Abraham Lincoln: Vampire Hunter is the sort of silly, self-contained nonsense that should go straight to home video, a film that seems too ludicrous to be made by a big studio and put in front of millions of movie-going eyeballs. But all the same, here comes Timur Bekmambetov's cinematic reimagining of the 16th President of the United States' secret (read: fake) back story, complete with the director's trademark flash, style, and adoration of slow-motion. The plot is, of course, totally obvious: What if Abraham Lincoln was also a vampire hunter? Though it tries to wedge some history amongst the insanity, it's absolutely mindless moviemaking. It's also fun and weird and wacky-extreme popcorn cinema—and despite incomprehensible narrative choices and shockingly inept CGI, it's mostly a good time. While the film might not appeal to hardcore action fans (and certainly not history buffs), the teen set could give it brisk business as counter-programming to the younger-skewing Brave.
Taking some serious liberties with Lincoln's family life (surprise!), the film introduces Lincoln as an orphan bent on avenging himself against the vampire who killed his mother when he was but a lad. Lincoln (Benjamin Walker), the president famous for being assassinated, is here a wannabe assassin, but his first attempt at murdering his mother's undead killer fails miserably—teenage Abe is woefully unprepared to kill anyone, much less a vampire. And so he finds himself rescued by the mysterious (and delightfully hammy) Henry Sturgess (Dominic Cooper), who trains him in the arts of vampire hunting while demanding that Abe live a life apart from others—no family, no friends, no lovers, no career—which lasts peacefully only until Abe is drawn to two higher callings: the law and Mary Todd.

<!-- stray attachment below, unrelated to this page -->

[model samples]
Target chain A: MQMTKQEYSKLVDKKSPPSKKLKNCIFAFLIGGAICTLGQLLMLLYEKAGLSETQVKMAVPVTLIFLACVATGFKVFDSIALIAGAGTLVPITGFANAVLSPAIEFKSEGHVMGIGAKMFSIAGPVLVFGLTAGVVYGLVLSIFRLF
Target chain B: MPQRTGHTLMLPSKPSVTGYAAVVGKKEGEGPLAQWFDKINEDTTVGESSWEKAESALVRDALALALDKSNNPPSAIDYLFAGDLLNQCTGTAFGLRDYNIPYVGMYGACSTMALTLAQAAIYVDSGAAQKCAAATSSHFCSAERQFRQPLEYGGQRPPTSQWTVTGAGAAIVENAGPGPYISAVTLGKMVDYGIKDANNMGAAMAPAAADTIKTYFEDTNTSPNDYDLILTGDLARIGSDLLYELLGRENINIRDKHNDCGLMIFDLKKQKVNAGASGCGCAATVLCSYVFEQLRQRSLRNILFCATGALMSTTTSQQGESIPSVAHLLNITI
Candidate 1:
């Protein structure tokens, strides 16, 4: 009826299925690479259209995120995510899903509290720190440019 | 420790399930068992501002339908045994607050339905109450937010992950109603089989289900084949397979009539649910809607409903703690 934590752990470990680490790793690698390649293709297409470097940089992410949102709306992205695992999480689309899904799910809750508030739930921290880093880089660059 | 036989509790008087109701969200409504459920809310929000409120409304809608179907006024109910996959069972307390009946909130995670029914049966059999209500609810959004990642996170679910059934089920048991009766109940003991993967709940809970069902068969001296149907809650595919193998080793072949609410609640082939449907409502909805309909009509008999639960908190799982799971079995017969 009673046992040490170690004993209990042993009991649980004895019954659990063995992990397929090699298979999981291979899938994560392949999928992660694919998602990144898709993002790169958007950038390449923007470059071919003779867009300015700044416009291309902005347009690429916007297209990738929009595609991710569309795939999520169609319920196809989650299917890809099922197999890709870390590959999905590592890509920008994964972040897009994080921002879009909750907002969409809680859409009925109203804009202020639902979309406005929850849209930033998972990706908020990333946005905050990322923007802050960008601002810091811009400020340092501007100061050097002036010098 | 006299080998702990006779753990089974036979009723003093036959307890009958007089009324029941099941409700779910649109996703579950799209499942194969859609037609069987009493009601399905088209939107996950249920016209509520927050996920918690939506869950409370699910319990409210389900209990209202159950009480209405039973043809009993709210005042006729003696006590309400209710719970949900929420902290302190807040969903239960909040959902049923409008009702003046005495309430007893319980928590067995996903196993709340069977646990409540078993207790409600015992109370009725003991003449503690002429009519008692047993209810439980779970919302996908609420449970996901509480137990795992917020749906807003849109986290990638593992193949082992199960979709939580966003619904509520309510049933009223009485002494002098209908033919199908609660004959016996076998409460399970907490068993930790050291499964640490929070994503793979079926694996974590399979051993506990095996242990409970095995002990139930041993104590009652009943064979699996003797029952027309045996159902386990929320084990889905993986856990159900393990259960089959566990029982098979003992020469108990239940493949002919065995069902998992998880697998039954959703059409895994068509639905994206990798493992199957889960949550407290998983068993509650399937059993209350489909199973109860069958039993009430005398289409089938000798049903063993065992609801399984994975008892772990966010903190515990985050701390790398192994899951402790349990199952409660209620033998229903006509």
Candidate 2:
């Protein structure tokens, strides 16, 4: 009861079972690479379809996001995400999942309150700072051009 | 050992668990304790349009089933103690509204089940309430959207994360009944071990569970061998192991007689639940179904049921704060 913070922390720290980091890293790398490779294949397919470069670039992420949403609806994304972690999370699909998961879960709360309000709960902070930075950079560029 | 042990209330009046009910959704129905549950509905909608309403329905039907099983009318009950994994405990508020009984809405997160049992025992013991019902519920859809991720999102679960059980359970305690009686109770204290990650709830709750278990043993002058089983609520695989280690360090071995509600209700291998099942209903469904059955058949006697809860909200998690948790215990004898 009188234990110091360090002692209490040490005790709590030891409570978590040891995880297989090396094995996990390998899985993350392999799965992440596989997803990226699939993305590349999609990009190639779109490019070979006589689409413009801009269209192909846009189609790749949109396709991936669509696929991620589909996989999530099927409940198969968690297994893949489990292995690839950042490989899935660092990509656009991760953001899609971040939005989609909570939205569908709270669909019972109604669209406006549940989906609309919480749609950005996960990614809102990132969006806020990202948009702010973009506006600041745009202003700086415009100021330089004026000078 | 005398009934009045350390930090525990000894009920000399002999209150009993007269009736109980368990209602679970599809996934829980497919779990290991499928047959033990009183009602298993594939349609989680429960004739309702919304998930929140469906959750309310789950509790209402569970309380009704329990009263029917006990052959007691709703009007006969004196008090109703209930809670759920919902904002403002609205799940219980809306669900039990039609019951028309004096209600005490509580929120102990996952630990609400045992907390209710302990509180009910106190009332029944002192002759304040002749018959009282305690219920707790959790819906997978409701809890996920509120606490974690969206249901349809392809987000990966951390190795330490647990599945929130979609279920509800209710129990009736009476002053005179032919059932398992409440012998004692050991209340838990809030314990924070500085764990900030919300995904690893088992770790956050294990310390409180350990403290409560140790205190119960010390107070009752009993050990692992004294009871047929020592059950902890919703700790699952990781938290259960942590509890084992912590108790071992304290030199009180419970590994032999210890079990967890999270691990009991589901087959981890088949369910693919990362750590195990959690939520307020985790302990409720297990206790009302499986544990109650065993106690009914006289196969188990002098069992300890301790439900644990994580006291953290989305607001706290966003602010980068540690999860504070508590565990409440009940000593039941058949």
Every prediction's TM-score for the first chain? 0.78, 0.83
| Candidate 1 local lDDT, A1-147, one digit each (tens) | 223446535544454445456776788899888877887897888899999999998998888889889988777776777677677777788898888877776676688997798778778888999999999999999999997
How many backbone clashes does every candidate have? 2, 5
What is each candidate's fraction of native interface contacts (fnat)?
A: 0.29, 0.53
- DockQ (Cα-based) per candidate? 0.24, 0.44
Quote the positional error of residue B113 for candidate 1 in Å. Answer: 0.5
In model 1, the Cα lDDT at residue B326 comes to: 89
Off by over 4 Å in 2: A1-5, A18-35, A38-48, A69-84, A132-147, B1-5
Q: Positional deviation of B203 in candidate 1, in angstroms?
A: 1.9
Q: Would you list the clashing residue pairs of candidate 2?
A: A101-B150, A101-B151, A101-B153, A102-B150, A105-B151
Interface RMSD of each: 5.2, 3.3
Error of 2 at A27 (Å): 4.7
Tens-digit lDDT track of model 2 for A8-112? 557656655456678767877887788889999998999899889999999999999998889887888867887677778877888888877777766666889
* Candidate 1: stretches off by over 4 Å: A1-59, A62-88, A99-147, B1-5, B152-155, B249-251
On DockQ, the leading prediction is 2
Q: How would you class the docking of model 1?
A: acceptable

Though the film eventually lands on a central villain (a wasted Rufus Sewell), the real conflicts of Abraham Lincoln: Vampire Hunter center around Abe's desire to find a way to end the vampire problem for good so he can have a normal life with Mary Todd (Mary Elizabeth Winstead) while wielding his lawyerly skills in the political arena. This Lincoln is definitely invested in eradicating slavery and not just because of his personal relationship with an African-American childhood pal (the always delightful Anthony Mackie) or his natural gift for honesty and goodness—it's because Harriett Tubman and her Underground Railroad also helped him escape the vampires. Despite its bizarro history, Abraham Lincoln: Vampire Hunter takes itself far too seriously. It's not nearly as snappy or campy as it should be—though its self-seriousness is its own kind of entertainment. Having a sense of humor is mandatory for the audience.
Screenwriter Seth Grahame-Smith also wrote the original novel of the same name, which was no great literary shakes. But the book did stretch its bold concept to cover nearly all of Lincoln's life, a feat no film can exhaustively do. Even at a bloated 105 minutes (90 would have been more snappy and fun), the movie inevitably glosses over a number of big moments in Lincoln's life, dropping into situations, conversations, and relationships with little connective tissue between them. The only thing that holds it together is that the plot is just so simple—really, it's all in the title.
Technically speaking, the film is a far cry from something like Bekmambetov's overly slick Wanted. Abraham Lincoln: Vampire Hunter's 3D shots go for both depth and jump-out thrills, the film often looks just flat-out cheap, with the post-converted 3D mashing up with poor CGI to the point that this overwhelmingly false film even looks fake. At least the vampires of the film are suitably horrifying—big, toothy, snarling beasts who make the Twilight vamps look like Mouseketeers—and the film's large-scale action sequences (a training montage, a stampede chase scene, and a twist on the train robbery) are silly but thrilling. Though the film has zero blood, it's got enough bite and giggles to stave off summer boredom. Go ahead—sink your teeth into it.
Distributor: 20th Century Fox
Cast: Benjamin Walker, Dominic Cooper, Anthony Mackie, Mary Elizabeth Winstead, Rufus Sewell, Jimmi Simpson
Director: Timur Bekmambetov
Screenwriter: Seth Grahame-Smith
Producers: Timur Bekmambetov, Tim Burton, Derek Frey, John J. Kelly, Simon Kinberg, Jim Lemley, Kathleen Switzer, Michele Wolkoff
Genre: Action, fantasy, horror, thriller
Rating: Rated R for violence throughout and brief sexuality
Running time: 105 minutes
Release date: June 22
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